Here’s a fact worth chewing on for a moment: Contact forms have a conversion rate of around 1%—the lowest conversion rate of any type of web form. In other words, 99 out of every 100 people who land on a contact form don’t complete it.

It’s worth asking why that is.

After all, a contact form is one of the most important elements you can offer on your business website. It keeps visitors from experiencing the frustration of not being able to expediently reach out when they have a problem or a question. What’s more, your contact form is often the origin of your relationships not only with your prospects—a group your email signup is typically limited to—but with every visitor type your website has.

Think, for a moment, about the range of visitors who arrive on your site and what their intentions are. A media outlet that wants to run a story in the local paper for your business’s one-year anniversary? A future rockstar employee who has a question about applying for that open position? A partnership offer? A customer service inquiry from a frustrated new customer… who may become one of your most loyal customers after a good user experience on your contact form (and follow-up)?

That’s a lot of possibility riding on a single form… and it’s why it’s so important to design a contact form that converts better than that 1%.

Of course, you don’t have to have a dedicated contact page on your site. Some businesses use footer forms. (Your company’s contact information should already be readily available in your footer anyway.) But we’d recommend one, since most users will expect them and since they’re valuable for local SEO.

Zurb uses a site-wide footer form that’s also available on their dedicated contact page:

A design like this essentially turns each of your website’s pages into a “Contact Us page.” It acknowledges that visitors are bound to have questions on any page of your site… and it makes it expedient for them to contact you from whatever page they happen to be on.

Of course, it’s not enough that your site visitors see they can easily contact you; good UX on both the contact page and the form itself is essential. (Remember, we’ve got some depressing data we’re working against.) So below are our best practices for increasing conversions on your contact forms.

Disclaimer: While your contact form may have a wide range of uses—as we mentioned above—we’ll be focusing on it more as a lead generation tool, and less as a feature of your company’s support pages here.

Reflect your company personality

The headline on Zurb’s contact form is “Take Me to Your Leader,” a phrase that suggests Zurb’s design team does “otherworldly” work, and that their team runs—at least in part—on humor. Marble Media’s Contact page invites prospects to “Spill the Beans,” a phrase that evokes the divulging of a secret, and suggests Marble is a company to be trusted:

The copy in your contact form should give users a sense of your company’s personality. Users filling in the form are looking to discover more not only about your offerings, but also about your business and your brand. So let your headline and your Contact Us copy reflect your brand persona. (It may very well also set the tone for how users write to you.)

Naturally, this means your Contact form has to sound human—as though it’s speaking to the very visitors on the threshold of filling it out. The more your visitor feels as though they’re being spoken to, the more likely they are to “speak back”… and thus begins your relationship.

But beyond simply sounding human, your form should also reflect the light-hearted nature, the humor, the enthusiasm, the diligence, the fastidiousness, or the [insert your own adjective here] of your team. Pay attention to the way your customer service reps talk on the phone with your customers. Consider the language you use when you approach a prospective client who’s just walked through your door.

Remember, your Contact Us form is an invitation. And visitors will only respond to that invitation if it reads like precisely that. Here’s one of our favorites, from Best Made, whose Contact page is consolidated with their FAQ page. (Note: It’s never a bad idea to embed your contact form on your FAQ page or in your support pages):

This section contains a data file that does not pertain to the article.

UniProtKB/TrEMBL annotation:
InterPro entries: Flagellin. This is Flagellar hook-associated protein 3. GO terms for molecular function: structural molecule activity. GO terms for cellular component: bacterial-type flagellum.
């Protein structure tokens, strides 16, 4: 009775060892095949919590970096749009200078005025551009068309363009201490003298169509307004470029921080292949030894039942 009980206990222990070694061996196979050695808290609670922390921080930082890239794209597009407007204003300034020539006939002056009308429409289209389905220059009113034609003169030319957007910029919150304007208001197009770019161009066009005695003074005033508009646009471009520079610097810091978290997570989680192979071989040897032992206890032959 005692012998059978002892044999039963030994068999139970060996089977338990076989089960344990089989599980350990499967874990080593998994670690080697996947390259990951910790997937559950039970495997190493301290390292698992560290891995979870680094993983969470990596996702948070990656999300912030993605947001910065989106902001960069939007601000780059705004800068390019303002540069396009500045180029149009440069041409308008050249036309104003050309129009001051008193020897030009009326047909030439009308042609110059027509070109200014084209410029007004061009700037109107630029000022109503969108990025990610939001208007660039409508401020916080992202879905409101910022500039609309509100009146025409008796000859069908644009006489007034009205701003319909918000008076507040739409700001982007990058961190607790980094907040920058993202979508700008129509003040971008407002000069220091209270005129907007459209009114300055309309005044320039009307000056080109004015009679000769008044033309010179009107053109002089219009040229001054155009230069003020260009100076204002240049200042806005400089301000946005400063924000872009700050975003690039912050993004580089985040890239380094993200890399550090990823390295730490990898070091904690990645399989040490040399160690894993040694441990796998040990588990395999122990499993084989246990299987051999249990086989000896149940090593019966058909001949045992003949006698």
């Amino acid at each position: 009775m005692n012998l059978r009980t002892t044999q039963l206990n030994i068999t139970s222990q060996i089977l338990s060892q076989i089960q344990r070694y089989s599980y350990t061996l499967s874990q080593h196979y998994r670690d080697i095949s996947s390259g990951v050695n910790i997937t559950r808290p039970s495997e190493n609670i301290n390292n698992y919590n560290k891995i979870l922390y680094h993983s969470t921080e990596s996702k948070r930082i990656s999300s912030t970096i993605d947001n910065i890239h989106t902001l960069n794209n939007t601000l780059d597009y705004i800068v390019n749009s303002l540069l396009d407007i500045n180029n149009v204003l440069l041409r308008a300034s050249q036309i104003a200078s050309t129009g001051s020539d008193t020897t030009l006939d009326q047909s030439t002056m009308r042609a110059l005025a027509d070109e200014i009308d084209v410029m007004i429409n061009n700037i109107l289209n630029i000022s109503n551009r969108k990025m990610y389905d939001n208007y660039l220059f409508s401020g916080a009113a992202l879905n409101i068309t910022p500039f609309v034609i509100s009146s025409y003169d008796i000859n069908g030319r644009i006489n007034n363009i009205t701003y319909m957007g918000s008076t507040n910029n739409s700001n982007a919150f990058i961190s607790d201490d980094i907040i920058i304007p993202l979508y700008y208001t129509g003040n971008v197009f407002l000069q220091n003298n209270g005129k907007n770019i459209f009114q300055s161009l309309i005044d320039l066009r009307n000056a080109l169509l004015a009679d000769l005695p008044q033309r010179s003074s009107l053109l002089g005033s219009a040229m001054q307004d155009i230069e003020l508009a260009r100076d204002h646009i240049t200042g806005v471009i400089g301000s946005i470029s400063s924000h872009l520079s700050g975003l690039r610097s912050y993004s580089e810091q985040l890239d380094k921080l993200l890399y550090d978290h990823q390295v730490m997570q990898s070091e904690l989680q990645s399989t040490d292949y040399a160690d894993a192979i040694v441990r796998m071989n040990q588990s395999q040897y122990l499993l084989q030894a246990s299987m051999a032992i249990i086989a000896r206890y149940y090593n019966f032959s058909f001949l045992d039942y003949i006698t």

What Best Made does so well here is state a company value in their Contact copy: The company doesn’t believe that its relationship with a customer ends after the purchase of their product. What’s more, they’re emphatic in their invitation to reach out (“we urge you to reach us.”) There’s a sense of genuine eagerness that comes through in Best Made’s copy.

Explain why users should contact you

You’ll have noticed that Best Made offers a couple of reasons why prospects might contact them: “Be it product knowledge, or help planning your next adventure.” What we love about describing these possible queries is that most visitors to Best Made’s page aren’t likely to think that the outdoor lifestyle brand would be willing to solve that second pain point mentioned (help planning an adventure).

That phrase suggests that Best Made is as interested in the ways its products can help improve customers’ lifestyles as it is in how pleased its customers are with its products. If your business is similarly invested in your customers’ overall well-being (and you should be!), let them know you’re willing to answer questions or offer advice on matters that your visitors may not have considered.

What are some visitor problems or pain points you can solve? What are the kinds of questions you can help with? What is the range of reasons for which a user would contact you? Here’s another great example from TUNE’s Contact Us page:

TUNE offers visitors examples of three reasons they might contact the company: to request a product demo, to learn more about their Qualification Program, and to learn about careers at TUNE. A visitor clicking into the contact page to ask the company a question might be learning for the first time here that TUNE even has a Qualification Program—let alone that they may be hiring. Suddenly, now, that visitor has two reasons to contact the company.

Your copy may be as simple as “Get in touch to set up a free consultation,” “to arrange a visit,” or “to discover how our service can grow your business.” If you offer your visitors a shortlist of reasons to contact you, you’re bound to hit on something they hadn’t considered and spark their curiosity… and that curiosity may lead to a contact.

Include various methods of contact

We know… this section is about contact forms. But it’s worth remembering that users will have different preferred methods of contact. Some will want to speak with a real human, no matter how long they have to wait on the phone to do so. Others will prefer to click into your company’s Facebook page and ask their questions there. So consider including these things near your contact form:

  • phone number
  • email address
  • physical address
  • embedded map of your location
  • hours of operation
  • social handles
  • a live chat feature